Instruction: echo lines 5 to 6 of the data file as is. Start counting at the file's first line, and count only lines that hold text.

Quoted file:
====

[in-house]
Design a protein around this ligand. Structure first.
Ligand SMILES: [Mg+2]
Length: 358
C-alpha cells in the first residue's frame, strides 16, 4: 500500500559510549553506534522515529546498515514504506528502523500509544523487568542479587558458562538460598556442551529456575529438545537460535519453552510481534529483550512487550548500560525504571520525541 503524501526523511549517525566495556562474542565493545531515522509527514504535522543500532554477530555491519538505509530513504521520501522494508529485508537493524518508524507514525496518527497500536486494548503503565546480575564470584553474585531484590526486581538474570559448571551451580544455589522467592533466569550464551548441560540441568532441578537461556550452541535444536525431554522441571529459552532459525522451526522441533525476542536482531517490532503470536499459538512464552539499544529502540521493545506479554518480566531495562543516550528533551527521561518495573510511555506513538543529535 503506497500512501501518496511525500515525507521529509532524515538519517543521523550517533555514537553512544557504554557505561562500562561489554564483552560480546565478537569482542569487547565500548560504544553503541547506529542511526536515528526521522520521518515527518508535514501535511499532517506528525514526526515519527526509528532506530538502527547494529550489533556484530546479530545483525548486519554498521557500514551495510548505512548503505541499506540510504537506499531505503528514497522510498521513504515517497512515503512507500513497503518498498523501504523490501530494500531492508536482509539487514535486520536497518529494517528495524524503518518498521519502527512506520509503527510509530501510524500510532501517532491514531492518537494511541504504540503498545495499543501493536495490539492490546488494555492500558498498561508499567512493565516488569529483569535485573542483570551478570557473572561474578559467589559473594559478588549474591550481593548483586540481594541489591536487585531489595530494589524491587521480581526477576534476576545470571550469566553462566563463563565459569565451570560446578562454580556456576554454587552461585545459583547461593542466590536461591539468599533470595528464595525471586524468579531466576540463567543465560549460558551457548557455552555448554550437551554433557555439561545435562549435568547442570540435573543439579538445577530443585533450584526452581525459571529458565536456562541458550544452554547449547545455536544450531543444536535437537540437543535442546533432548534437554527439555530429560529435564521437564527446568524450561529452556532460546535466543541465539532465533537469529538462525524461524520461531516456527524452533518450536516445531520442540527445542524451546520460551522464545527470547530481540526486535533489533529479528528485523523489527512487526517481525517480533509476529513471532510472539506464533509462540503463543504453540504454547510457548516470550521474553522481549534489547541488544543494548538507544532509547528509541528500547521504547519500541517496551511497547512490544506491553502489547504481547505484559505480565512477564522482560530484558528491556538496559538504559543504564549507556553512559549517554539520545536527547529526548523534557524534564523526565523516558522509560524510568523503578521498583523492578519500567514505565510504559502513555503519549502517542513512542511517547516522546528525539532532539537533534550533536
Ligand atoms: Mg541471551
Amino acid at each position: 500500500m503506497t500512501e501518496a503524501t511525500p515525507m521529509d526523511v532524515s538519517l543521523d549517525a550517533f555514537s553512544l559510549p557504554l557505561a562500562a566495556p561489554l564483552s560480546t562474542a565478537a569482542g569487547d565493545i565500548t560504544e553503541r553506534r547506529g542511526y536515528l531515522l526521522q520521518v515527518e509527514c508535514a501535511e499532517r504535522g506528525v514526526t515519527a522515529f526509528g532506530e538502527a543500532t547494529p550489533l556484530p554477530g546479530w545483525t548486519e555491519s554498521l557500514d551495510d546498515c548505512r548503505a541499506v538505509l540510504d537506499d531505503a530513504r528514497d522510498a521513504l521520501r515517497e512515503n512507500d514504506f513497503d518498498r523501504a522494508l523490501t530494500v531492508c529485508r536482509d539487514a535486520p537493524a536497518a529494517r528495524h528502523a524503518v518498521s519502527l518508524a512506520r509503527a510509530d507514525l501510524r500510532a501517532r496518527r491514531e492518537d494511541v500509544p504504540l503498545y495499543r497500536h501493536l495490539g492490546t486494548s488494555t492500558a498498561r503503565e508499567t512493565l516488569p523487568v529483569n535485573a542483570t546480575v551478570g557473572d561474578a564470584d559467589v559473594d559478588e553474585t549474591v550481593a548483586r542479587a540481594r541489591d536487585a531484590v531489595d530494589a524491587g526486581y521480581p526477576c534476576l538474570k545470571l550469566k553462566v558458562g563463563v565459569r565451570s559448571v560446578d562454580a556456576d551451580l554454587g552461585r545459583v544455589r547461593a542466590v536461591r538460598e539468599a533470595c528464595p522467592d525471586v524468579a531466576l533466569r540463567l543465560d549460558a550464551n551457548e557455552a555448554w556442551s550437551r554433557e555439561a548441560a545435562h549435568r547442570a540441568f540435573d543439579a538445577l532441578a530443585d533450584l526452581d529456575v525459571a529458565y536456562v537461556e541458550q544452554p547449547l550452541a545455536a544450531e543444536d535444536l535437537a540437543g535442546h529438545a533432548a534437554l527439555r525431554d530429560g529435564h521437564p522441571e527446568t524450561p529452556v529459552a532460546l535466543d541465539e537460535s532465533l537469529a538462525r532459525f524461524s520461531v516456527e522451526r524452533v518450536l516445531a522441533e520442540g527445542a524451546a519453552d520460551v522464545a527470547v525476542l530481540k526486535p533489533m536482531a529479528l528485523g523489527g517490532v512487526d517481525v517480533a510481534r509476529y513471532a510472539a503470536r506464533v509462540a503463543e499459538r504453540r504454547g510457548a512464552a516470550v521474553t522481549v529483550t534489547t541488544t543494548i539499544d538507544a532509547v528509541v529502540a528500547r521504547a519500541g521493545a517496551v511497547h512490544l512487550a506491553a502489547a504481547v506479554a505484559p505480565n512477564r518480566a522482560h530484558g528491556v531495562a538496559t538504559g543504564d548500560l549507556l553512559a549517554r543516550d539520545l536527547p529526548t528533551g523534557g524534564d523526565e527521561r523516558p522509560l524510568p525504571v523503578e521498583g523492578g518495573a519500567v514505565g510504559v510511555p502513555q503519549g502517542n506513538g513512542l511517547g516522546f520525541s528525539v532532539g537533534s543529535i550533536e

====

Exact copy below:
C-alpha cells in the first residue's frame, strides 16, 4: 500500500559510549553506534522515529546498515514504506528502523500509544523487568542479587558458562538460598556442551529456575529438545537460535519453552510481534529483550512487550548500560525504571520525541 503524501526523511549517525566495556562474542565493545531515522509527514504535522543500532554477530555491519538505509530513504521520501522494508529485508537493524518508524507514525496518527497500536486494548503503565546480575564470584553474585531484590526486581538474570559448571551451580544455589522467592533466569550464551548441560540441568532441578537461556550452541535444536525431554522441571529459552532459525522451526522441533525476542536482531517490532503470536499459538512464552539499544529502540521493545506479554518480566531495562543516550528533551527521561518495573510511555506513538543529535 503506497500512501501518496511525500515525507521529509532524515538519517543521523550517533555514537553512544557504554557505561562500562561489554564483552560480546565478537569482542569487547565500548560504544553503541547506529542511526536515528526521522520521518515527518508535514501535511499532517506528525514526526515519527526509528532506530538502527547494529550489533556484530546479530545483525548486519554498521557500514551495510548505512548503505541499506540510504537506499531505503528514497522510498521513504515517497512515503512507500513497503518498498523501504523490501530494500531492508536482509539487514535486520536497518529494517528495524524503518518498521519502527512506520509503527510509530501510524500510532501517532491514531492518537494511541504504540503498545495499543501493536495490539492490546488494555492500558498498561508499567512493565516488569529483569535485573542483570551478570557473572561474578559467589559473594559478588549474591550481593548483586540481594541489591536487585531489595530494589524491587521480581526477576534476576545470571550469566553462566563463563565459569565451570560446578562454580556456576554454587552461585545459583547461593542466590536461591539468599533470595528464595525471586524468579531466576540463567543465560549460558551457548557455552555448554550437551554433557555439561545435562549435568547442570540435573543439579538445577530443585533450584526452581525459571529458565536456562541458550544452554547449547545455536544450531543444536535437537540437543535442546533432548534437554527439555530429560529435564521437564527446568524450561529452556532460546535466543541465539532465533537469529538462525524461524520461531516456527524452533518450536516445531520442540527445542524451546520460551522464545527470547530481540526486535533489533529479528528485523523489527512487526517481525517480533509476529513471532510472539506464533509462540503463543504453540504454547510457548516470550521474553522481549534489547541488544543494548538507544532509547528509541528500547521504547519500541517496551511497547512490544506491553502489547504481547505484559505480565512477564522482560530484558528491556538496559538504559543504564549507556553512559549517554539520545536527547529526548523534557524534564523526565523516558522509560524510568523503578521498583523492578519500567514505565510504559502513555503519549502517542513512542511517547516522546528525539532532539537533534550533536
Ligand atoms: Mg541471551